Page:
Regardless of any forthcoming immigration legislation, it is concerning that the Washington Times describes “immigration advocates” as only those representatives who support an omnibus bill and is a fallacy.  Republican Rep. Labrador and Sen. Marco Rubio, specifically, have been loud and indispensable advocates of the American immigrant.  The manner they and others in their party believe is the most beneficial and effective way to address immigration should not be characterized as inapposite to the advocacy of immigration.  Republicans have long been a party for immigration and for amnesty in many cases.  It appears that a majority of the American journalists have left the responsibility for responsible informational gatekeeping to the individual.


El fin de la prohibición de entrada por 3 y 10 años?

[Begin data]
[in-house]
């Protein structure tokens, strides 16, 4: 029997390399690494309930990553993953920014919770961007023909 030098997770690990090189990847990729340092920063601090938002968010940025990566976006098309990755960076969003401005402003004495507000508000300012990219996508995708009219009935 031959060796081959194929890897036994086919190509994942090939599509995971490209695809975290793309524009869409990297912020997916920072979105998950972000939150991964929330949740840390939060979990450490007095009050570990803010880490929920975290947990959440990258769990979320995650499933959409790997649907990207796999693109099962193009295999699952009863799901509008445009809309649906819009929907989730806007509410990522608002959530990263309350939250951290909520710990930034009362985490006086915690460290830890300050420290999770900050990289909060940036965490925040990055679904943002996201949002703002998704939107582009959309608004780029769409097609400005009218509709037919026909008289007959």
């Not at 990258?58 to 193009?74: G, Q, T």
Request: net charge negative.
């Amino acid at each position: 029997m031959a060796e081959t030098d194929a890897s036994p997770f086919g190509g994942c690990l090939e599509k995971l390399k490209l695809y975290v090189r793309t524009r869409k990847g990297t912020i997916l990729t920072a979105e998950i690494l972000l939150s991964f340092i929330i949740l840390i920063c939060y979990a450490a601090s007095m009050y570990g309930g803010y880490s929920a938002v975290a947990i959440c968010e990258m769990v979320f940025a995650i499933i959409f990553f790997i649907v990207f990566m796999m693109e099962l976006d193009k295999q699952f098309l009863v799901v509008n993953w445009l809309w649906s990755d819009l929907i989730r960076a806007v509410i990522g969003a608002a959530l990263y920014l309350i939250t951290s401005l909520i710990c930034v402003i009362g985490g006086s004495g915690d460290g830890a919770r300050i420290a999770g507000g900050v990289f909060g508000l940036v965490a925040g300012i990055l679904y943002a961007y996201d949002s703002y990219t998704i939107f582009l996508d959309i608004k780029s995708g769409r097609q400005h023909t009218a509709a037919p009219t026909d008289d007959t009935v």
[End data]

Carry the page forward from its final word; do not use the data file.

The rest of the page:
En lo que aparenta ser una de las pocas recomendaciones fructíferas en la retórica de inmigración por parte de cualquiera de los partidos, la llamada “prohibición por 3 y 10 años” pudiese ya estar viendo sus últimos días. A finales de la semana pasada, el diario Washington Times indicó que el Representante Labrador (R-Idaho) sugirió un acuerdo con los Demócratas para suavizar la fuerte manera en que se penaliza a inmigrantes que han acumulado tiempo de presencia ilegal en los Estados Unidos. Bajo la ley actual, aquellos inmigrantes indocumentados que ingresen sin pasar por un punto de inspección y hayan acumulado - desde entonces - tiempo ilegal en los Estados Unidos son castigados si el tiempo acumulado excede los seis meses o alcanza el año. Esto lo que ha hecho es impedir que personas que cuentan con mecanismos legales de inmigración procuren conseguir su estatus legal; mas sin embargo, no ha logrado cumplir con su intención original de disuadir la inmigración ilegal en sí.